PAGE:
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Carrière Distalizer

Carrière Distalizer

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Published by: api-3705762 on Oct 14, 2008
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03/18/2014

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224JCO/APRIL2004
T
he Carrière Distalizer* is a simple and ef fi-cient fixed functional appliance for Class IItreatment (Fig. 1). Developed with advancedcomputer technology, it represents an evolutionof José Carrière’s Modular Sectional Arch.
1
The Distalizer is most effective in treatingClass II malocclusions without extractions.Brachyfacial patterns respond best to treatment;dolichofacial types are less responsive. The ap-pliance can also be used in many Class I caseswith mesially positioned maxillary molars or,with caution, in Class I cases with premaxillaryhypoplasia. Growing patients are ideal, butadults can be treated as well. Mixed dentitionClass II cases with fully erupted first molars arecandidates for first-phase treatment.
Biomechanics
The Carrière Distalizer is designed to cre-ate a Class I molar and canine relationship that Icall a Class I Platform of occlusion. This allowsthe case to be finished with any technique pre-ferred by the orthodontist (Fig. 2). The bio-mechanical objectives of the appliance are as fol-lows:Produce a distal rotational movement of themaxillary first molars around their palatal rootswhen necessary.Simultaneously produce a light, uniform forcefor distal molar movement.Independently move each posterior segment,from canine to molar, as a unit.Eliminate wire changes and thus the distortingcollateral forces that appear with every wire acti-vation in traditional methods.Minimize root resorption.The clinical evidence of the achievement of these objectives will be the appearance of inter-incisal diastemas and wide spaces mesial to thecanines.
 © 2004 JCO, Inc.
A New Class II Distalizer
LUIS CARRIÈRE, DDS, MSD
Fig. 2Maxillary molars are distalized and rotated,providing platform for maxillary canines to oc-clude in Class I relationship.Fig. 1Carrière Distalizer.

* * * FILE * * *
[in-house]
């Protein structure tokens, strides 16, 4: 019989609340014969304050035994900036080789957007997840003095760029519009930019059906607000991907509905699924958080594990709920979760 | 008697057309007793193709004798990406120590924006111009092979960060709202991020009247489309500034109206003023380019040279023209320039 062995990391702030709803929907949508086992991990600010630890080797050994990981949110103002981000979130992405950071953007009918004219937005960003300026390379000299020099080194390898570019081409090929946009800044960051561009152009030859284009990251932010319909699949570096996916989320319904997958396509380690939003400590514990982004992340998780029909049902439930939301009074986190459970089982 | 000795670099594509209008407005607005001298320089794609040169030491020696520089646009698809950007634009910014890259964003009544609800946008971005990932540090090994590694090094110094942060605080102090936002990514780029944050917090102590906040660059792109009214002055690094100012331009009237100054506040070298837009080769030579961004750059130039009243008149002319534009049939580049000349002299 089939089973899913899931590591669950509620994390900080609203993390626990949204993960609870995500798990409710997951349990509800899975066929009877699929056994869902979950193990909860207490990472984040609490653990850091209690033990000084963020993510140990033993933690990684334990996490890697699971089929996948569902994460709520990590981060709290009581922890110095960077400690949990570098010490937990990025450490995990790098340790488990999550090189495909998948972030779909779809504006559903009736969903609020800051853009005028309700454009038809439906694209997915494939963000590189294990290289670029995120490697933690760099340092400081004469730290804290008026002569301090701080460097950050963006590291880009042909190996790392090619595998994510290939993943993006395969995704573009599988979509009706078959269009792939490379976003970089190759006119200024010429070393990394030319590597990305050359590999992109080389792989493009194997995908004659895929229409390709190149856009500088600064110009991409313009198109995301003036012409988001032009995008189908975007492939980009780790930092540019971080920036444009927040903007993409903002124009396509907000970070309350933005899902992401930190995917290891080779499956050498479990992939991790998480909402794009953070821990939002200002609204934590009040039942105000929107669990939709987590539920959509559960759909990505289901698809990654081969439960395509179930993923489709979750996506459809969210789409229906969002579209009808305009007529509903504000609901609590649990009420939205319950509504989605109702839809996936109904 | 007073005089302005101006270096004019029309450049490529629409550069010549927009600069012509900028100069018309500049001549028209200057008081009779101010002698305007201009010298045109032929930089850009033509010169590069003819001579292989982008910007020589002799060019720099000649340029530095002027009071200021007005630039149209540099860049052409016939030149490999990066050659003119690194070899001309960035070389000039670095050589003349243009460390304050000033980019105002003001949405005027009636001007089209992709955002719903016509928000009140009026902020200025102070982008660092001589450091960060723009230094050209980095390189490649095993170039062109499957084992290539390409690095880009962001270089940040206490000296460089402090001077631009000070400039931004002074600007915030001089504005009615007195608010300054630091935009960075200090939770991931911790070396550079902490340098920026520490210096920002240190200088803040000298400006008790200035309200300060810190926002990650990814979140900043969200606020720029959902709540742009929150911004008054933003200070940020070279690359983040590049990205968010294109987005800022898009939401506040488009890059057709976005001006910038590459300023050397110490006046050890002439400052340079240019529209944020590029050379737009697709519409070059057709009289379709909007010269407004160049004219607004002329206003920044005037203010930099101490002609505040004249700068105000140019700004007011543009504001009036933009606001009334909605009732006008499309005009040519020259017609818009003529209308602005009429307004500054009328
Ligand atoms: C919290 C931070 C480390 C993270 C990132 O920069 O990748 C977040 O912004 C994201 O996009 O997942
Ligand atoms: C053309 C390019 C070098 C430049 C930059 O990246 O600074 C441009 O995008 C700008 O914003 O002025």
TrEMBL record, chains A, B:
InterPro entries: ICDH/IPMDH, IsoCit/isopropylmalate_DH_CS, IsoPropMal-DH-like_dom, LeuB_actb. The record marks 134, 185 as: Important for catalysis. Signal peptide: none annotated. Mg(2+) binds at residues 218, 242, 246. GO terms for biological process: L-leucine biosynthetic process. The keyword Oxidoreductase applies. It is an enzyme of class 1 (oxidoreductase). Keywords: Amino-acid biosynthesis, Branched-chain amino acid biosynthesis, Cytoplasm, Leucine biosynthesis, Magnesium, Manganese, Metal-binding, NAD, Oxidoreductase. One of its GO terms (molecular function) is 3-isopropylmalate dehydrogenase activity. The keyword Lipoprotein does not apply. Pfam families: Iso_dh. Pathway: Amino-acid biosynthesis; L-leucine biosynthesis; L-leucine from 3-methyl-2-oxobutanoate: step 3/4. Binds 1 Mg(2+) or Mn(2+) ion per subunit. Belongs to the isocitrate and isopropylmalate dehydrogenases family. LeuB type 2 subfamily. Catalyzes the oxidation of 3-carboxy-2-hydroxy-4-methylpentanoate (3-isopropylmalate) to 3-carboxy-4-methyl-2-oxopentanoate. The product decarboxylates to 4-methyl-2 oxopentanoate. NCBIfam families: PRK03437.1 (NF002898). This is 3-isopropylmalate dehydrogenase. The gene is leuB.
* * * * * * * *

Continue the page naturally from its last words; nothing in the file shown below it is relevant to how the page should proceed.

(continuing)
*ClassOne Orthodontics, Inc., 5064 50th St., Lubbock,TX 79414.
 
Appliance Design
The Distalizer is made of mold-injected,nickel-free stainless steel. It is bonded to thecanine and first molar as follows:The
canine pad,
which allows distal move-ment of the canine along the alveolar ridge with-out tipping, carries a hook for the attachment of Class II elastics (Fig. 3). It is connected to an armthat runs posteriorly over the two upper premo-lars in a slight curve. The posterior end of thearm is a ball that articulates in a socket on the
molar pad 
(Fig. 4).This
ball and socket 
were designed withthree-dimensional virtual-reality models
2
to
VOLUME XXXVIIINUMBER 4225
Dr. Carrière is in the private practice of orthodontics at Escuelas Pias,109, 08017 Barcelona, Spain; e-mail: luis@carriere.es. He has afinancial interest in the product described in this article.
Fig. 4Ball-and-socket joint articulates during molar derotation and distalization to limit undesirable move-ments.Fig. 3Carrière Distalizer with Class II elasticattached to hook on canine pad.
 
resemble the human hip joint, providing maxi-mum freedom of movement in the appropriatedirection. Raised surfaces on the ball articulatewith depressions in the socket, at a maximumorientation of –15°to the longitudinal axis of thearm, to limit undesirable movements and providetorque control over the canine and molar (Fig. 5).This posterior portion of the Distalizeraccomplishes three types of molar movement:1.Uprighting of the crown, if it is mesially in-clined (Fig. 6). Once the molar has been upright-ed, the articulation of the ball with the socketprevents distal tipping.2.Distal rotation around the palatal root. Whenthe maxillary first molar is mesially rotatedaround the palatal root, the molar occlusion mayappear to be Class I, while in reality it is Class IIwith the canines in a cusp-to-cusp relationship(Fig. 7). When the molar has been derotated, theshoulder of the posterior base contacts the mesialarm to prevent overrotation.3.Distal displacement without concurrent distaltipping of the crown (Fig. 8).
Appliance Placement
The Distalizer comes in three dif ferentsizes: 23mm, 25mm, and 27mm. The appropriatesize is determined by measuring from the mid-point of the maxillary first molar’s buccal sur-face to the midpoint of the maxillary caninecrown, using a caliper or a “Dentometer” (Fig.
A New Class II Distalizer
JCO/APRIL2004226
Fig. 6Correction of mesial molar inclination.Fig. 8Bodily distalization of molar, combined withderotation.Fig. 5Ball-and-socket joint provides molar torquecontrol.Fig. 7With mesially rotated maxillary molars,canines cannot occlude in Class I relationship.

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